Let's see: a Renault Espace (band G – taxed at £300 pa) costs in the region of £20,000 (I am not even considering toys such as BMW X5 or Porsche Cayenna: people who can afford such cars at 50 grand+ spend £300 in a month's worth of sun dried tomatoes and Parma ham).

Even at its highest, the tax is less than 2% of the cost, and around 6% the yearly depreciation value plus running costs (estimated at above £5,000 per annum per average UK motorist). I honestly doubt one would be swayed either way by such relatively minor amounts.

So, no biting there – people who are bent on polluting the environment, clogging our roads with monster vehicles, and make generally a nuisance of themselves, will just carry on doing so – minus 200 quid.

Sorry, earnest Lib Dem councilors of Richmond – cunning plan ain't gonna work there.

At the other end of the spectrum (those 15-year-old rusting Mondeos or fumes-spouting Minis) are not let off the hook either: they will see around 30% increases in tax.

But is saving around £150-£250/year going to be sufficient for people to buy instead a Toyota Prius or a crappy electric car? Which isn’t crappy because it’s electric, but because it’s been designed by a Japanese 6-year-old who was unwell the day they explained how to draw at school (it looks that way anyway).

You can buy (on eBay) a P-reg Mondeo for about £2,500 – and with a bit of patience possibly less. One can, for simplicity, assume that in three years' time the value will be approximately nil. Add pollution taxes (at £130 pa) and one gets (linear approximation) roughly £1,100 yearly costs.

A Toyota Prius retails at between £17,000-20,000 and probably depreciates non-linearly over the first 3 years, to let's say around £8,000 – at the proposed Band B tax level of £50, spread depreciation linearly and one gets roughly £3,050 pa

I am ignoring running costs here – and it is well possible that those might reduce the gap further, but we are not looking here to split the hair: we are just trying to assess whether a not-too-sophisticated buyer would be swayed one way or the other to buy an environmentally friendly car.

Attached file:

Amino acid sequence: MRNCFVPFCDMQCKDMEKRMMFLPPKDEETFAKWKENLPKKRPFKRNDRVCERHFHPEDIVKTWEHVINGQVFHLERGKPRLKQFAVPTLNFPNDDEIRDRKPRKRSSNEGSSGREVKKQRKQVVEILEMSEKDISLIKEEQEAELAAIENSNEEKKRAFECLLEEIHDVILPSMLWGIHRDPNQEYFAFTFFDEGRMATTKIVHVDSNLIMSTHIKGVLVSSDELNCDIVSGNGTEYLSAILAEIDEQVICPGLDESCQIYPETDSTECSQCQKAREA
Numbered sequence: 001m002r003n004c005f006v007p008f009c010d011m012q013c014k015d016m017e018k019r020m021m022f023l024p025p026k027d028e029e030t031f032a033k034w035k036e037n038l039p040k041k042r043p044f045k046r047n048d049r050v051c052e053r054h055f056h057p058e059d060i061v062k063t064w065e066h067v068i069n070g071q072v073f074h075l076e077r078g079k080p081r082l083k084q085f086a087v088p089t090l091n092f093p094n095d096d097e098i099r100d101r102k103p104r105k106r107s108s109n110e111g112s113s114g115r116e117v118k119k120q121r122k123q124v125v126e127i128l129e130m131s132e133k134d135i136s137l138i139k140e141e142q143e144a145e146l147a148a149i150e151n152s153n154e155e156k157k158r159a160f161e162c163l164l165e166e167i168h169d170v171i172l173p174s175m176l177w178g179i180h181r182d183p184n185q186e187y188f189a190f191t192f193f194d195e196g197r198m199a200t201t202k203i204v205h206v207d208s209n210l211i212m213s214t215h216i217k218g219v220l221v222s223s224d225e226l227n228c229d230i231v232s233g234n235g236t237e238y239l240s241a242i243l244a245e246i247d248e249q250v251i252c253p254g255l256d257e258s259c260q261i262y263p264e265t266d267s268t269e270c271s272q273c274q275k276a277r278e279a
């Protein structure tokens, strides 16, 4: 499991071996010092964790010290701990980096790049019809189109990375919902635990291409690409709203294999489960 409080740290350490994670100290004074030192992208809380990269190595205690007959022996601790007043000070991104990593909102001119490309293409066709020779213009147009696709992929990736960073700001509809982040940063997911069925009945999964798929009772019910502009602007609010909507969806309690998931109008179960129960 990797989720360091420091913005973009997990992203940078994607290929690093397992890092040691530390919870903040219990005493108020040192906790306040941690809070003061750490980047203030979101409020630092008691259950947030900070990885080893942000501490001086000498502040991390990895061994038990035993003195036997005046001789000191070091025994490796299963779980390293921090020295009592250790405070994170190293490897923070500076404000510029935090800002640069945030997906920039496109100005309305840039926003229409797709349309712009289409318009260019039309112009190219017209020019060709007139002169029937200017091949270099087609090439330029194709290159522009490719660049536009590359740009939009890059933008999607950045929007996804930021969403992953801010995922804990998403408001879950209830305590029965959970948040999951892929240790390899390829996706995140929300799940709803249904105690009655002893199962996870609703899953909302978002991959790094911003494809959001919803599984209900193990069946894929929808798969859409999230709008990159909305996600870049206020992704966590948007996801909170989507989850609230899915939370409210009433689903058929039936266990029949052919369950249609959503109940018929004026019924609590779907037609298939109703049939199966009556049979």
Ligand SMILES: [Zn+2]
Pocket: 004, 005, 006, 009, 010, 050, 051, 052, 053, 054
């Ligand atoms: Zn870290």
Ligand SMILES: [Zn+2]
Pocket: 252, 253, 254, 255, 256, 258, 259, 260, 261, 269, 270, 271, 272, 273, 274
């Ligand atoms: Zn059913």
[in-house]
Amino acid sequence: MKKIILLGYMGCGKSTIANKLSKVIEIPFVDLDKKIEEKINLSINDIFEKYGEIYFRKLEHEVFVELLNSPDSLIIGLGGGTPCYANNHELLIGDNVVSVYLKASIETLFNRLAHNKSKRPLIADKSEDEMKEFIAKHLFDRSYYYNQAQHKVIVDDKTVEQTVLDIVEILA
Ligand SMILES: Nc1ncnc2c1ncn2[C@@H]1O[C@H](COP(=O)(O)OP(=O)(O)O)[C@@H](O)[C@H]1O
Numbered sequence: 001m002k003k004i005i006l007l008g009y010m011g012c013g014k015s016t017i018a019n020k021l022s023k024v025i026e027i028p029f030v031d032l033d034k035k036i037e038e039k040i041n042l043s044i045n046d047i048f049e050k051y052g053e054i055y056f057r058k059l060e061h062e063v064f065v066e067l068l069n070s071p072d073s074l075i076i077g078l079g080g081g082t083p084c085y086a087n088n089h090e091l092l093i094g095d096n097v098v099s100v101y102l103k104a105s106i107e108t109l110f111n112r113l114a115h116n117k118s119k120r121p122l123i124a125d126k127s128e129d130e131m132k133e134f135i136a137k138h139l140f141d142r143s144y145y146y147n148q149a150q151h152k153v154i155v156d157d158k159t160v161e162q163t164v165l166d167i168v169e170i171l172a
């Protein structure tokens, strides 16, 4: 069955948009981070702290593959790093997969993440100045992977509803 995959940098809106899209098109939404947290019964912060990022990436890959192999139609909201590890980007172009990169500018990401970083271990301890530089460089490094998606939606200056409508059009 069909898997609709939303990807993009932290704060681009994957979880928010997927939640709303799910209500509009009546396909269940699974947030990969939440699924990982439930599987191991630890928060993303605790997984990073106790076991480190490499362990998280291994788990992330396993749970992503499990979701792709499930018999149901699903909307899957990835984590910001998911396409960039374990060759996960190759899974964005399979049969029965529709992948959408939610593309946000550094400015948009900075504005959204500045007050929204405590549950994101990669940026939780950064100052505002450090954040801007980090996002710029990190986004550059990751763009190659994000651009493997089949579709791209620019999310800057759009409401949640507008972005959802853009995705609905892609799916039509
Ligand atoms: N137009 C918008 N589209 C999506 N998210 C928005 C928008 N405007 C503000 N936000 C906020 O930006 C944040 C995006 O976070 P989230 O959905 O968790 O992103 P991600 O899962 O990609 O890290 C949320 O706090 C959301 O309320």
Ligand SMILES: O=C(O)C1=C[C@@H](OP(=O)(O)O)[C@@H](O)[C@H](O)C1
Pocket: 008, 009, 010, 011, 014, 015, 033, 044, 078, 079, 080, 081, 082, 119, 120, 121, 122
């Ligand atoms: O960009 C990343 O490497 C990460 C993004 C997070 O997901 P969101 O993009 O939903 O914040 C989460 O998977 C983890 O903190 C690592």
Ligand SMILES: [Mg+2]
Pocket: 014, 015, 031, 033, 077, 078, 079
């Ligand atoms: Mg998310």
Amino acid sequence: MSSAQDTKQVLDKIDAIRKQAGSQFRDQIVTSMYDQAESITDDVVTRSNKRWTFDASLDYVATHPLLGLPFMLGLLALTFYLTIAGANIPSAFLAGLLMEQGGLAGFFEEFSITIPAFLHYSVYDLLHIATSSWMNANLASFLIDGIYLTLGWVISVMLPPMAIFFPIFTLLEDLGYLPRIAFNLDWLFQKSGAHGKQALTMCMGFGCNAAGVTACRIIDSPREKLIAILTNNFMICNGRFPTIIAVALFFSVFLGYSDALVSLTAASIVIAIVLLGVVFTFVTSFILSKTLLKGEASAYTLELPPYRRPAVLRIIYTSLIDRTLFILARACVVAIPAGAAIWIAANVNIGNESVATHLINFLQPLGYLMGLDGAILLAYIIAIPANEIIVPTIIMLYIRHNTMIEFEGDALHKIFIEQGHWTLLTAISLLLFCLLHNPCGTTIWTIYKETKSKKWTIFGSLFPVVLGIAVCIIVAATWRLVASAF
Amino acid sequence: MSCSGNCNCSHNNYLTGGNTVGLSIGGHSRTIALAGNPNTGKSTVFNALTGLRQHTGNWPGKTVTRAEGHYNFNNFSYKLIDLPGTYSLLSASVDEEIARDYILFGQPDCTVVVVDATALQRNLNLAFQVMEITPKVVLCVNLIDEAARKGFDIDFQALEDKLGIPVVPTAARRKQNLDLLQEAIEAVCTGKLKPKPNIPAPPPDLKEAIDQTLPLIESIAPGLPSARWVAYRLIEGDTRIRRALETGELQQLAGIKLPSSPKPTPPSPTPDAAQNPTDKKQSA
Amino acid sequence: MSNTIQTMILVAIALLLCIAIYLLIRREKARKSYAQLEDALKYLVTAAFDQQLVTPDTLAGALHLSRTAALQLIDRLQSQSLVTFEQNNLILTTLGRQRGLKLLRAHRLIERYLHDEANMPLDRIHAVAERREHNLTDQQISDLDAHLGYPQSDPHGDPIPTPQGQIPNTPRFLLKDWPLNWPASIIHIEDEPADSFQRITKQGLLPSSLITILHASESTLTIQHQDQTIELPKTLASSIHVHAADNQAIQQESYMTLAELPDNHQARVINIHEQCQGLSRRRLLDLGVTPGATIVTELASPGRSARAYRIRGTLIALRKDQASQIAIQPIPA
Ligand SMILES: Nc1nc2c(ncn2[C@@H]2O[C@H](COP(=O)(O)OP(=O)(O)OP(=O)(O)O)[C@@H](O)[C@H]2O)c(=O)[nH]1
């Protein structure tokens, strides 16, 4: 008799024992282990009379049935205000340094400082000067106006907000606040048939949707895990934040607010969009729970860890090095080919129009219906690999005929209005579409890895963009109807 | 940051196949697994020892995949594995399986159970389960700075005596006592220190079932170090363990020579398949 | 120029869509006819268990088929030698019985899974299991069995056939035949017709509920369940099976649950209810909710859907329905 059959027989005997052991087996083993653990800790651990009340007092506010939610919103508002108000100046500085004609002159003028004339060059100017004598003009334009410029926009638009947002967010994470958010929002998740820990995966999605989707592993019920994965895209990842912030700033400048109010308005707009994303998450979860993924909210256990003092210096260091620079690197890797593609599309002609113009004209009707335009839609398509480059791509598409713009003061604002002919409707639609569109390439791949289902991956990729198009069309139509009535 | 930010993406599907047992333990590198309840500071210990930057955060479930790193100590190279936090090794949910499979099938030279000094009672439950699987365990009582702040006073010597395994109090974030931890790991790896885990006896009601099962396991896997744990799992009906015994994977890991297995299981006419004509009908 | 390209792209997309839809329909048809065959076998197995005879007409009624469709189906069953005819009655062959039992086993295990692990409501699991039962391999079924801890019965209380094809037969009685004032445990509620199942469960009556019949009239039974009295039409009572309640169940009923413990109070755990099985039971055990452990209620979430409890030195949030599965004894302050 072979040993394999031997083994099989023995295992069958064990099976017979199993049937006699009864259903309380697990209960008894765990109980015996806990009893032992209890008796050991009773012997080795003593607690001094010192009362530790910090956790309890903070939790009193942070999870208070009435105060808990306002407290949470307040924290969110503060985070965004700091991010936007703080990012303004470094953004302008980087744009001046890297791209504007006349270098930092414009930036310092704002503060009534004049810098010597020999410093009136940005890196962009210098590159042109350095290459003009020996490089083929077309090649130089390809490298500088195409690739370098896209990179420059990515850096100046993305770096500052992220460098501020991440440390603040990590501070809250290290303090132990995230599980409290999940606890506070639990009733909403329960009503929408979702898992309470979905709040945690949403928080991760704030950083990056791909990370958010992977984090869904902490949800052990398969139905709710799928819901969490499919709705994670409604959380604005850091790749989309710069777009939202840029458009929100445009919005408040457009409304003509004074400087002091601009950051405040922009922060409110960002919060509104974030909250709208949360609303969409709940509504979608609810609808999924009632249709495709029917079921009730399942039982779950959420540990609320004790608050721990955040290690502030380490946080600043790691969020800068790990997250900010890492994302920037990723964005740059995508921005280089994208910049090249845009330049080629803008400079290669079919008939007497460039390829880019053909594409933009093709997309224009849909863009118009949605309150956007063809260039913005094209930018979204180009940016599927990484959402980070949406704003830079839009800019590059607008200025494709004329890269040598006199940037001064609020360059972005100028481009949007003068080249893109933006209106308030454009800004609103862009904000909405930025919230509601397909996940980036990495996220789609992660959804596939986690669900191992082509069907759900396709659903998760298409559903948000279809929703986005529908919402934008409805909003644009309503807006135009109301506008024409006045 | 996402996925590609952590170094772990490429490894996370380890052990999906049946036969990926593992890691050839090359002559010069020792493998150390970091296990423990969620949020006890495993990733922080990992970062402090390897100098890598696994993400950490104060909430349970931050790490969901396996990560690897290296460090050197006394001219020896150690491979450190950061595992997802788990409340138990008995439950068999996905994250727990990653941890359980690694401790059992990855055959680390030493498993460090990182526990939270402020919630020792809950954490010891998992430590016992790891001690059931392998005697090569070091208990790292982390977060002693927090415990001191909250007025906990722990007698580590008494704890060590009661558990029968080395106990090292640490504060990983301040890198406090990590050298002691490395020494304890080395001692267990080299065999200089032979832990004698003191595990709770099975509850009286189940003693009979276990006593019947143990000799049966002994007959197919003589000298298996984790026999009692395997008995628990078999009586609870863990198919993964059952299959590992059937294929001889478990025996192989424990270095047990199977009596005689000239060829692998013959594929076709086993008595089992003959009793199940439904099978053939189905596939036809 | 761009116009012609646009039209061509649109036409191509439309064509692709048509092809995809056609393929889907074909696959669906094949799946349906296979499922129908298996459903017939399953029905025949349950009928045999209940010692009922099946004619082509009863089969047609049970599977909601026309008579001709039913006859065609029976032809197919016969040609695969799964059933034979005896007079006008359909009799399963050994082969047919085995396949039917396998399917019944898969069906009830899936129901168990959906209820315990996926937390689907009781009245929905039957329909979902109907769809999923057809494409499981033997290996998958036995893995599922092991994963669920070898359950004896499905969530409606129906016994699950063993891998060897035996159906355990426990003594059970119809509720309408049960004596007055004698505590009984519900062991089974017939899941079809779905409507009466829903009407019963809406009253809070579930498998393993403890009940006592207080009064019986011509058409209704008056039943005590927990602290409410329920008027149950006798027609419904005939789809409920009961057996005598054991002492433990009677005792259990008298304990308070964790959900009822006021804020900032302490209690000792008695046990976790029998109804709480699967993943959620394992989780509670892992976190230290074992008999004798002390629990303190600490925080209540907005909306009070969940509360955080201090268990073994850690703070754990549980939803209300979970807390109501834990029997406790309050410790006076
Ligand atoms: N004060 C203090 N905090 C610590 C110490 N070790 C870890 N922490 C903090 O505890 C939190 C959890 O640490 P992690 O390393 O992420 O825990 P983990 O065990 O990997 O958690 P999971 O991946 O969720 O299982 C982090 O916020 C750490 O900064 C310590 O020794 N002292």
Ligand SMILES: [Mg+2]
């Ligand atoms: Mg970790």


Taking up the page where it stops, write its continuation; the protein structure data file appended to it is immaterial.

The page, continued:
Let’s see: I save £80/year, but it ends up costing me more than £2,000 more each year: “not a chance, mate.”

As it happens, a much more sophisticated study, conducted by folks whom I can only assume more knowledgeable than myself in such matters (Commons environmental audit committee), has come up with the conclusion that current road tax charges (tax disc) ought to raise to £1,800 for the most polluting vehicle, before they can start affecting behaviour. Given the political courage currently shown by our Government, I would not hold my breath to see this one implemented any time soon.

Which leads one to the only possible conclusion: either our earnest Lib Dem councillors haven't got a clue (which is, indeed, quite likely) or, even more depressingly, this is only yet another “stealth tax” that local councils (squeezed by Whitehall policies and tax raising restrictions) have resorted to, just to make a few more quid.

So much so for the Environment.


Croydonian said...

Indeed, and as some wag once put it, you do not buy a new Rolls Royce if the price of petrol is a major concern. Richmond is tax farming, plain and simple.

Ralph Lucas said...

A fine piece of analysis.

It's hard to find cut-the crap views and information on environmental issues.

Our pavements in SW11 are being relaid on a bed of crushed glass - I am trying to dig up some facts on the energy equation here: fresh sand vs collect glass, transport, crush, transport. No luck so far!

gunslinger said...

Our pavements in SW11 are being relaid on a bed of crushed glass - well you've got to do something with the EU mountain of unrecycled 'recycle' bottles.